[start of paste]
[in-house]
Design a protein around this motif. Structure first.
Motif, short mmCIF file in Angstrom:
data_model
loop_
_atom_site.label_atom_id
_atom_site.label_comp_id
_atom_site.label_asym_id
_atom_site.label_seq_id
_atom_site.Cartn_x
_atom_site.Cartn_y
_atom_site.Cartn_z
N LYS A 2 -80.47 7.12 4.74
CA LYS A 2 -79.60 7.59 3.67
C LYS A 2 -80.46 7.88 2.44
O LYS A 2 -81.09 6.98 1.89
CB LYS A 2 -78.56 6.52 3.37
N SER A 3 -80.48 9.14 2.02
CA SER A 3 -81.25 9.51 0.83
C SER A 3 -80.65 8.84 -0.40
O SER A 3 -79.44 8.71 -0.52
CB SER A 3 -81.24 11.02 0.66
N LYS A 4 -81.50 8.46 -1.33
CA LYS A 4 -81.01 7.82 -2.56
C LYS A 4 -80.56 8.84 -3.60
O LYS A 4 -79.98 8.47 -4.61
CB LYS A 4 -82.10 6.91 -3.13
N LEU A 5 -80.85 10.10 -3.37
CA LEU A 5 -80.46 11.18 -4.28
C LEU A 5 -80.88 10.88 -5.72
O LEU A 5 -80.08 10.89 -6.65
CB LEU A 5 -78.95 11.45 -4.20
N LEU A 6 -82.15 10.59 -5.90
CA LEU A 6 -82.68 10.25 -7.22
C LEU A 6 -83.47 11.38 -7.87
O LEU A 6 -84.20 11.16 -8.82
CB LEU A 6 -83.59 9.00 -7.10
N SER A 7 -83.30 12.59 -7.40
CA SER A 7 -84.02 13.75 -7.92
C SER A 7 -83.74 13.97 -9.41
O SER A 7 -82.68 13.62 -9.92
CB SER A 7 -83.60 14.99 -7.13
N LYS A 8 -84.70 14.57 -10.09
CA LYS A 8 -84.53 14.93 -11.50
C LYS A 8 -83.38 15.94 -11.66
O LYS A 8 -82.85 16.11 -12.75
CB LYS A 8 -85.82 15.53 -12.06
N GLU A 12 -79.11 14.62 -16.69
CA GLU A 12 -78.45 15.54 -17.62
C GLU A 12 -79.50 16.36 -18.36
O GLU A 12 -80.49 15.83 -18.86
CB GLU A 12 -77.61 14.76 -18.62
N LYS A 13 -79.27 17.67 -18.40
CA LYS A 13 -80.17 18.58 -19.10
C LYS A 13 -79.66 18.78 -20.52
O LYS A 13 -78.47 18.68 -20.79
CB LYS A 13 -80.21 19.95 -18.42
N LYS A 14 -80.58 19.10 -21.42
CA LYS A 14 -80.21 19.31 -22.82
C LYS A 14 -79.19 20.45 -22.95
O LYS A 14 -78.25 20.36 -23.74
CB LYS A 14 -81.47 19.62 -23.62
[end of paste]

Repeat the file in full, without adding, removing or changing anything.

[in-house]
Design a protein around this motif. Structure first.
Motif, short mmCIF file in Angstrom:
data_model
loop_
_atom_site.label_atom_id
_atom_site.label_comp_id
_atom_site.label_asym_id
_atom_site.label_seq_id
_atom_site.Cartn_x
_atom_site.Cartn_y
_atom_site.Cartn_z
N LYS A 2 -80.47 7.12 4.74
CA LYS A 2 -79.60 7.59 3.67
C LYS A 2 -80.46 7.88 2.44
O LYS A 2 -81.09 6.98 1.89
CB LYS A 2 -78.56 6.52 3.37
N SER A 3 -80.48 9.14 2.02
CA SER A 3 -81.25 9.51 0.83
C SER A 3 -80.65 8.84 -0.40
O SER A 3 -79.44 8.71 -0.52
CB SER A 3 -81.24 11.02 0.66
N LYS A 4 -81.50 8.46 -1.33
CA LYS A 4 -81.01 7.82 -2.56
C LYS A 4 -80.56 8.84 -3.60
O LYS A 4 -79.98 8.47 -4.61
CB LYS A 4 -82.10 6.91 -3.13
N LEU A 5 -80.85 10.10 -3.37
CA LEU A 5 -80.46 11.18 -4.28
C LEU A 5 -80.88 10.88 -5.72
O LEU A 5 -80.08 10.89 -6.65
CB LEU A 5 -78.95 11.45 -4.20
N LEU A 6 -82.15 10.59 -5.90
CA LEU A 6 -82.68 10.25 -7.22
C LEU A 6 -83.47 11.38 -7.87
O LEU A 6 -84.20 11.16 -8.82
CB LEU A 6 -83.59 9.00 -7.10
N SER A 7 -83.30 12.59 -7.40
CA SER A 7 -84.02 13.75 -7.92
C SER A 7 -83.74 13.97 -9.41
O SER A 7 -82.68 13.62 -9.92
CB SER A 7 -83.60 14.99 -7.13
N LYS A 8 -84.70 14.57 -10.09
CA LYS A 8 -84.53 14.93 -11.50
C LYS A 8 -83.38 15.94 -11.66
O LYS A 8 -82.85 16.11 -12.75
CB LYS A 8 -85.82 15.53 -12.06
N GLU A 12 -79.11 14.62 -16.69
CA GLU A 12 -78.45 15.54 -17.62
C GLU A 12 -79.50 16.36 -18.36
O GLU A 12 -80.49 15.83 -18.86
CB GLU A 12 -77.61 14.76 -18.62
N LYS A 13 -79.27 17.67 -18.40
CA LYS A 13 -80.17 18.58 -19.10
C LYS A 13 -79.66 18.78 -20.52
O LYS A 13 -78.47 18.68 -20.79
CB LYS A 13 -80.21 19.95 -18.42
N LYS A 14 -80.58 19.10 -21.42
CA LYS A 14 -80.21 19.31 -22.82
C LYS A 14 -79.19 20.45 -22.95
O LYS A 14 -78.25 20.36 -23.74
CB LYS A 14 -81.47 19.62 -23.62